P’nyang project cost competitive and still likely to go ahead, say analysts


What is likely to happen with the P’nyang gas project? Resources analysts say that it is cost-competitive in world terms, and examine some of the options that the players have.

Credit: Oil Search

In terms of overall unit costs, the PNG LNG expansion is one of the more competitive projects globally, after factoring in full value chain costs including transport cost, says Saul Kavonic, Head of Equities Research for Oil and Gas at Credit Suisse.

‘At the end of the day, it is a very competitive project on a cost basis,’ he says, adding that it ‘sits around the bottom tercile [third]’ for unit costs in a global comparison,’ he tells Business Advantage PNG.

‘Despite being one of the more profitable global LNG projects, it still has generous fiscal terms under the old fiscal regime compared to global benchmarks, which goes some way to explaining why the PNG government has argued the government should get better terms this time around.’

‘Within that pie, renewables are going to become a bigger part, but natural gas consumption is forecast to rise quite significantly.’

The concern, believes Kavonic, is that the market window for new LNG projects may get pushed out past 2028, in which case ‘the appetite to bring on more supply in 2025 becomes increasingly uncertain.’


Fat Prophets’ David Lennox.

David Lennox, Resources Analyst for the Australian investment firm Fat Prophets, says the project is very likely to go ahead in some form.

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‘Logic would tell me it is going to become an operation in due course. It is really the structure around which it all comes together that may raise a few eyebrows.’

The LNG price has fallen by a quarter this year, and is predicted to fall even further due to new supply coming on and warmer winter temperatures in the Northern hemisphere. Lennox says that he has been surprised by how low the price has gone, but it is not necessarily relevant to investment in projects.

‘You have to look at these things out a lot longer than five, 10 or 15 years. You have a look at the US Energy Information Administration’s forecasts and energy demand is going to boom. Within that pie, renewables are going to become a bigger part, but natural gas consumption is forecast to rise quite significantly.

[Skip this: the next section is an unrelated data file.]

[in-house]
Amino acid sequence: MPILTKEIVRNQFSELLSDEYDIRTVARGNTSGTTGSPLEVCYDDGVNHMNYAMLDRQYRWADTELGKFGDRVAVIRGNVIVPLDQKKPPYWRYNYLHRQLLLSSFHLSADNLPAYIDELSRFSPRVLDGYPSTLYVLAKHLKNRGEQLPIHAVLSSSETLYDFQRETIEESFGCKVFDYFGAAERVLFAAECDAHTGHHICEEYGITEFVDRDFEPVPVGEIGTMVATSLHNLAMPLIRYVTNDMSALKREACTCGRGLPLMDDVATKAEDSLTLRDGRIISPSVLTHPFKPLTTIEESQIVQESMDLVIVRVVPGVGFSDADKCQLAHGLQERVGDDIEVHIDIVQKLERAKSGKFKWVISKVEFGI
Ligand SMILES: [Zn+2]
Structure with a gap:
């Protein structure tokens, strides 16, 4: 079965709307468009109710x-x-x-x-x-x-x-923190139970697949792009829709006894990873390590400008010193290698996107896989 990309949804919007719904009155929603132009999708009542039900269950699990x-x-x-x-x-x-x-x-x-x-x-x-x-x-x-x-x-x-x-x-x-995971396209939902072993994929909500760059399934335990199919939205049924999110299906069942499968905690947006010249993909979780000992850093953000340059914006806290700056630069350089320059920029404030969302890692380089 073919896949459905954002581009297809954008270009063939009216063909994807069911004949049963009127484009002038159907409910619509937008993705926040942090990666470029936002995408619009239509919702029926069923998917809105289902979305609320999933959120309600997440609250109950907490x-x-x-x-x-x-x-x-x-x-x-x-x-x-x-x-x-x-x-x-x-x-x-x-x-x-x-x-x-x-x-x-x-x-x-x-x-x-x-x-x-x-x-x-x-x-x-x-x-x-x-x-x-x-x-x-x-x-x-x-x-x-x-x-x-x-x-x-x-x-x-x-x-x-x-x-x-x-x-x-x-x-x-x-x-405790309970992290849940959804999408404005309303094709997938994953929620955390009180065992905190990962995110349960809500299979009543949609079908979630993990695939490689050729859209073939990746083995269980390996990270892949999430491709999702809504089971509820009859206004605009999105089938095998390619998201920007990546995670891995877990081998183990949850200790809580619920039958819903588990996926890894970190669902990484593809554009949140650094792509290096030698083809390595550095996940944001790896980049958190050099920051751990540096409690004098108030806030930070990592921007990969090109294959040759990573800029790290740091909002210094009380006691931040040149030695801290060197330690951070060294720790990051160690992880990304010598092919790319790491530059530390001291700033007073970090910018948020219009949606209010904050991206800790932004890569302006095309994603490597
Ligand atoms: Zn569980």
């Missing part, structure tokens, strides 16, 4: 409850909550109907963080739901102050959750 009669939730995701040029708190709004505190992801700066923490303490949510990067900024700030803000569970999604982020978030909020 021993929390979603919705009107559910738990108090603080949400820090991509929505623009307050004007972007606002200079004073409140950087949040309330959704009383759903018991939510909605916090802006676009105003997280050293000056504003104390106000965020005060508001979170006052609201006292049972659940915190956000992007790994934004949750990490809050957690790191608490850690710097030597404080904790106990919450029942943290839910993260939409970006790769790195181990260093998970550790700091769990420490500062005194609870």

‘Is there a way to develop without P’nyang? Given the quality of the resources there is always going to be interest and an appetite.’

‘Maybe the price is $1.50 btu (British thermal units) now, but in 40 years time you are likely to get $US50-60 btu. Some of these assets will still be producing then.’

National interest

Credit Suisse’s Saul Kavonic.

Kavonic says the industry will now start to look at a Plan B. Indeed, Oil Search CEO Peter Botten has already flagged that ‘Joint Venture meetings are planned in the short term’.

‘Given the quality of the resources, there is always going to be interest and an appetite,’ he says.

Kavonic adds that the Government may also start looking at alternative options to monetize their asset.

‘You could envisage a situation where the government wants to take back the licences and look to find someone else who is more willing to work with the government on their terms. But that is a long way down the road from where we are today.’

Various local politicians are already pushing for the introduction of a new Oil and Gas Act this year. As outlined by Kumul Petroleum Holdings Ltd’s Managing Director Wapu Sonk, this new legislation would give the state-owned oil company the primary role in the development of PNG’s oil and gas assets.

Lennox warns that the government should not consider nationalising the asset, noting that this has caused ‘utter disasters’ in other developing countries.

‘If they did [that], not only would investment money for this project disappear, investment money for every project under the sun would also disappear,’ Lennox says.

‘They would end up in the hands in the Chinese, who, in 40 years time, are going to need more energy than they have today.’

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